NAM Monday Economic Report: Housing Market Struggles Persist in Latest Data
Monday, November 26, 2018
Posted by: Alyce Ryan
AICC, through its membership in the Council of Manufacturing Associations, is pleased to present the "Monday Economic Report” from the NATIONAL ASSOCIATION OF MANUFACTURERS (NAM).
- The latest data show housing market struggles persisting, with activity much weaker in the second half of 2018 than the rates earlier in the year. Affordability (e.g., higher mortgage rates, increased raw material costs) and workforce issues have taken a toll on demand, but weather has also played a role of late. Along those lines, Freddie Mac reported that the average interest rate for a 30-year fixed-rate mortgage was 4.94 percent on November 15, the highest mortgage rate since February 24, 2011.
- With that in mind, homebuilder confidence declined in November to the lowest level in more than two years. In a similar way, existing home sales remain very soft in every region of the country, down 5.1 percent year-over-year in October, despite rising in the latest month for the first time since March.
- Housing starts rose 1.5 percent in October, up from an annualized 1,210,000 units in September to 1,228,000 units in October mainly for multifamily units, which can be highly volatile from month to month. Single-family starts decreased for the second straight month. On a year-over-year basis, housing starts fell 2.9 percent.
- Housing permits also declined, down 0.6 percent from 1,270,000 units at the annual rate in September to 1,263,000 units in October, with slightly reduced activity for both single-family and multifamily units. To the extent that permits are a proxy of future activity, the data provide mixed comfort, suggesting a faster pace than the current figures but off from the rates earlier in the year (which regularly exceeded 1.3 million units).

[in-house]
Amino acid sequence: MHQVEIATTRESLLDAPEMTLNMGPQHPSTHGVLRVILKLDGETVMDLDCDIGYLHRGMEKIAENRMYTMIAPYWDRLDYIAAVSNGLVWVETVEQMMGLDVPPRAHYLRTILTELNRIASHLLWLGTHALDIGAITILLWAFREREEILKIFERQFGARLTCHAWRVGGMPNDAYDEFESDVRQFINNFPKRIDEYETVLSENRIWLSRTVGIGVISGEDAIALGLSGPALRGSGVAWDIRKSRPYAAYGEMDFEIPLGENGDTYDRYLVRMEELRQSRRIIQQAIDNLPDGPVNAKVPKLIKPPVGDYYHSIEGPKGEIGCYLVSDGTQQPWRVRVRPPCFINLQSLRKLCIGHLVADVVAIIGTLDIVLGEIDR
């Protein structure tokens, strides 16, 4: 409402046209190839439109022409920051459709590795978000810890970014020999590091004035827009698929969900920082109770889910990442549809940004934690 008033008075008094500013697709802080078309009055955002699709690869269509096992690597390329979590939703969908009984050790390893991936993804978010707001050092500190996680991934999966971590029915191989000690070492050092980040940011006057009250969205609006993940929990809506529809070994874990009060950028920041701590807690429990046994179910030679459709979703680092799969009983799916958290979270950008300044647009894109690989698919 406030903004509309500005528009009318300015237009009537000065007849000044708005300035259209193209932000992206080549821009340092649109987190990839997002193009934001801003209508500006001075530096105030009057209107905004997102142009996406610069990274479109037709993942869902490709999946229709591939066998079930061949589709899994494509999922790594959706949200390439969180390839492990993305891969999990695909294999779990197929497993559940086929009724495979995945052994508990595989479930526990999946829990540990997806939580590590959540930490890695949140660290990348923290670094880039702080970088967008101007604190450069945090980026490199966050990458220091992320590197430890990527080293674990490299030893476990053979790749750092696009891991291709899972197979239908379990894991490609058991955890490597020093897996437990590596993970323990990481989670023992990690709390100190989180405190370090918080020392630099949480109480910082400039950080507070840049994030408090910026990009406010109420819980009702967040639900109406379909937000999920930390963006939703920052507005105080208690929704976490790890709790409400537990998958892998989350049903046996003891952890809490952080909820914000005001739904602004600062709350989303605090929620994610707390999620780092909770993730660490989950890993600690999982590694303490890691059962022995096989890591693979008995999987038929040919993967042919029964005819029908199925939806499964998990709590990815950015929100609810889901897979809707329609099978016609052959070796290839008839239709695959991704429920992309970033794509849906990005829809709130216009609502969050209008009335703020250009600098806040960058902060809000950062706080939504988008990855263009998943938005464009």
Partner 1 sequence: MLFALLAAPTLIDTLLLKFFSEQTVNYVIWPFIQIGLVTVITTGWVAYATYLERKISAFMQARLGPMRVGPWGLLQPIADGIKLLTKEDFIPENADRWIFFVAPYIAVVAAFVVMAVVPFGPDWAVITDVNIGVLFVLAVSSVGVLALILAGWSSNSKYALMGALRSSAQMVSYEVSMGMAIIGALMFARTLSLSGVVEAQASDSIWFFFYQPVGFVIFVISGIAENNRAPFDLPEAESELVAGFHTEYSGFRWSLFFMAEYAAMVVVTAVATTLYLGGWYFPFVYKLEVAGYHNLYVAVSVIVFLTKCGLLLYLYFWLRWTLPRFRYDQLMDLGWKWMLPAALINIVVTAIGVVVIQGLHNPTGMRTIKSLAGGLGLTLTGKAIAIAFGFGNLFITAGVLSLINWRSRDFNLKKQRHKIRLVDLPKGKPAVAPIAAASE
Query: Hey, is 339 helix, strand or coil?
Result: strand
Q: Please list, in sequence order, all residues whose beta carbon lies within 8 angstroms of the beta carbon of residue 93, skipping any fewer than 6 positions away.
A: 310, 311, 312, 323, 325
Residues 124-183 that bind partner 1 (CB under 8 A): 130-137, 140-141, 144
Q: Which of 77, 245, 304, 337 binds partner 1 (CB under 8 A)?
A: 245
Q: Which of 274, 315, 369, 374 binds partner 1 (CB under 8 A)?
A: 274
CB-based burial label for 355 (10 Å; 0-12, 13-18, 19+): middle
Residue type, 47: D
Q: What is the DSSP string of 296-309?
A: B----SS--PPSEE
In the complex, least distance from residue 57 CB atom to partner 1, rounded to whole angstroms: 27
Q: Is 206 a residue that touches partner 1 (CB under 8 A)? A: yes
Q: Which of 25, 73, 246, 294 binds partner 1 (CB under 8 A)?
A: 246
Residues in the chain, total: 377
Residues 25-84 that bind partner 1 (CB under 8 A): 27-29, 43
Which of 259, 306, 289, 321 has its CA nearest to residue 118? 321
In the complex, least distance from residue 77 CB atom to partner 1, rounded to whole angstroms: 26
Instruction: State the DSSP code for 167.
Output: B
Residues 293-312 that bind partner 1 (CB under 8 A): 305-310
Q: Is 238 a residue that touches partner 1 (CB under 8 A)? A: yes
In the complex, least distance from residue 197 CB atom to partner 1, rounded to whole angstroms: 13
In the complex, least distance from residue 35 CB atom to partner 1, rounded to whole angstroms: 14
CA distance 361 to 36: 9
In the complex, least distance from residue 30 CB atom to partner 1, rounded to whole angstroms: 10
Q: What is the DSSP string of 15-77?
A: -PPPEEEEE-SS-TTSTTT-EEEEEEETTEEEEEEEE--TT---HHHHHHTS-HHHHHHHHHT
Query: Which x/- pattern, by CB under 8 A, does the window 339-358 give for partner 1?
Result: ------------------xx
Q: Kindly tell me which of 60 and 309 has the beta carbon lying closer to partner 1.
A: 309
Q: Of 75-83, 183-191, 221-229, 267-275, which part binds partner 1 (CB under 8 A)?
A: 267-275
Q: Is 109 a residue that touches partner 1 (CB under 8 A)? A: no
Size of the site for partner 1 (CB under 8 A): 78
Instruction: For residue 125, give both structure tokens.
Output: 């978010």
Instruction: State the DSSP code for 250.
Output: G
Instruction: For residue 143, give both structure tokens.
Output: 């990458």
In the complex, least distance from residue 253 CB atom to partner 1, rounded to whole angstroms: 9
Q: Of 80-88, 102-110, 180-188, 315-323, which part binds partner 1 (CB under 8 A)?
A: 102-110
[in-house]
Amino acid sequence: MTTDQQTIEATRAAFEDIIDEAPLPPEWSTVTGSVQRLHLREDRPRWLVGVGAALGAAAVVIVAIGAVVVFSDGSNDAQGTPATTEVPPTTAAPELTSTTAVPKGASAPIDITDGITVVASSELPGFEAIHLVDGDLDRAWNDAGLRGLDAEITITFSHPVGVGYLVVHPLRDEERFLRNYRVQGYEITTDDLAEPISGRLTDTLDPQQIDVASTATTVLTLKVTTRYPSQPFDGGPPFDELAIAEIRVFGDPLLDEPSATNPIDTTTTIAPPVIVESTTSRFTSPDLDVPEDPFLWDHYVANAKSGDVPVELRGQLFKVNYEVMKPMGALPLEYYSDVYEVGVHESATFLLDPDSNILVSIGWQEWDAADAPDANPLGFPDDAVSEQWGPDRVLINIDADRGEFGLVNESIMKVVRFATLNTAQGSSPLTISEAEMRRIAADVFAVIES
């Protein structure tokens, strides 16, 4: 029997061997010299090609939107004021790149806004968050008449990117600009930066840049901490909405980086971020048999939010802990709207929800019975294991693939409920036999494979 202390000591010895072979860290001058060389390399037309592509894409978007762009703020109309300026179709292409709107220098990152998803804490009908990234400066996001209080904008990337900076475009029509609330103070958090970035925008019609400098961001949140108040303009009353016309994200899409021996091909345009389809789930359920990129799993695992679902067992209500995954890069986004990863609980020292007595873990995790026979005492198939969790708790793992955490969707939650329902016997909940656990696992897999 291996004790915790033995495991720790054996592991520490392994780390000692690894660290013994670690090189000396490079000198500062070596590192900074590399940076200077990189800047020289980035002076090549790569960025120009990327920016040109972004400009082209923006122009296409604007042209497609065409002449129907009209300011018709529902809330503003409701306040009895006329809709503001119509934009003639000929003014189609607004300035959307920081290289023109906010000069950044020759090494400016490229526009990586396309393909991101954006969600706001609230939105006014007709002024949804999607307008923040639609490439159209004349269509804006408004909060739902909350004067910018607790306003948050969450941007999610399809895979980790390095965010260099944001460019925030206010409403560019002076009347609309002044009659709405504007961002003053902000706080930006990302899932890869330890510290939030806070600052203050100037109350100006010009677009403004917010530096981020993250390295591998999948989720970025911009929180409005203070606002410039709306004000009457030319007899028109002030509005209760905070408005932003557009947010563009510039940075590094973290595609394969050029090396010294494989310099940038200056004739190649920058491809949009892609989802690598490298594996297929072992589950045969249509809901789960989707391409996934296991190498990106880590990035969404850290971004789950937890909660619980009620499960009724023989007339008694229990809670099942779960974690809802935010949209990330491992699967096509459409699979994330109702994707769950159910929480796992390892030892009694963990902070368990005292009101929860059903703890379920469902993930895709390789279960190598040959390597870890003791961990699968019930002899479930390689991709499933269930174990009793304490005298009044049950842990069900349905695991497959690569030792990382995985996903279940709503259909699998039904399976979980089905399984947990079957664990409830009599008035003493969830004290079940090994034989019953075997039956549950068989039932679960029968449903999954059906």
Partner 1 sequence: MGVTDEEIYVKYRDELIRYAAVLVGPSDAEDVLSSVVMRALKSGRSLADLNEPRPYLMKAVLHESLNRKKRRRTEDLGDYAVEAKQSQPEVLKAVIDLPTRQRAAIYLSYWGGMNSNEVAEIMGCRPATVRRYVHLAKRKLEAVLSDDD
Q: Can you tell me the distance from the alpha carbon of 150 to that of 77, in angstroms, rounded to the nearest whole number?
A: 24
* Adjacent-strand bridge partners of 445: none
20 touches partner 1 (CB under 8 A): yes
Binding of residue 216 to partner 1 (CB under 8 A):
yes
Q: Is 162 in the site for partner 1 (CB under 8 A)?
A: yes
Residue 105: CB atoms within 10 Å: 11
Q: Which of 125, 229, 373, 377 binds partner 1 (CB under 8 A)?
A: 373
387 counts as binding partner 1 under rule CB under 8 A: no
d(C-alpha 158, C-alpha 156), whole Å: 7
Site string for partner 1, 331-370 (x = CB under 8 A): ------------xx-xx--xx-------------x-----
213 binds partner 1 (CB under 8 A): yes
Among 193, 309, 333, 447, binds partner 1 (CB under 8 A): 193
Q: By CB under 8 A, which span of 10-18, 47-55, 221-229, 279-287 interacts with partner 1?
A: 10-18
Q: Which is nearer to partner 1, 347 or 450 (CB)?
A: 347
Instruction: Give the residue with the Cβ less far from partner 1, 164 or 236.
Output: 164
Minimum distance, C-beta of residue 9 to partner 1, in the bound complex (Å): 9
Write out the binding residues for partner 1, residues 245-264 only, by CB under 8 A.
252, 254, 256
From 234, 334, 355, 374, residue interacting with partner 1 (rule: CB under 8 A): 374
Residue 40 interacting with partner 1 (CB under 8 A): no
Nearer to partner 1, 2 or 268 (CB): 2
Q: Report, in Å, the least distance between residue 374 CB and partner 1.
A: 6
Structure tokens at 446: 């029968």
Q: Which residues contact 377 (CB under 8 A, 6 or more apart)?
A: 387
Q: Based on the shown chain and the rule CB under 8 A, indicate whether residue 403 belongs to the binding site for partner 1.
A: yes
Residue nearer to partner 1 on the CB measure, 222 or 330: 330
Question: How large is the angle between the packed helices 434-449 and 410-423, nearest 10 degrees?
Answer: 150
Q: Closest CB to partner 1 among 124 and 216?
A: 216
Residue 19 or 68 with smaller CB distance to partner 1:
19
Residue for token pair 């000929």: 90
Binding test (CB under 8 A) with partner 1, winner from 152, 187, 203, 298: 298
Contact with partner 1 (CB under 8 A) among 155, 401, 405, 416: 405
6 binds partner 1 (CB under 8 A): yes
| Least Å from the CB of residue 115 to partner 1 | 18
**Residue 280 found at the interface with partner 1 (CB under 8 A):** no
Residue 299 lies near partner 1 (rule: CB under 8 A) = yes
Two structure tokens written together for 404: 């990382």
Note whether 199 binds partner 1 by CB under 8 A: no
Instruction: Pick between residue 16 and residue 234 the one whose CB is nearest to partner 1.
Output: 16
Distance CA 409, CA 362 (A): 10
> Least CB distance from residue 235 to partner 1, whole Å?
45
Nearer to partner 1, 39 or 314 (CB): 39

- New durable goods orders were disappointing, falling 4.4 percent in October, largely on significant declines in aircraft sales, which can be highly volatile from month to month. Excluding transportation, new orders edged up 0.1 percent in October. Core capital goods, which are often seen as a proxy of capital spending in the U.S. economy, were unchanged for the month and have drifted lower since reaching an all-time high in July. With that said, the longer-term trend for these measures remains encouraging, with new orders for durable goods jumping 6.7 percent since October 2017.
- Consumer confidence slipped again in November, according to the University of Michigan and Thomson Reuters, on income concerns, even as they continue to suggest Americans are upbeat overall. This could reflect recent stock market volatility, among other things. Along those lines, the Dow Jones Industrial Average has erased its gains for 2018 with declines last week, with the index down more than 8 percent from the all-time high recorded on October 3.
Read Full NAM Monday Economic Report 11.26.2018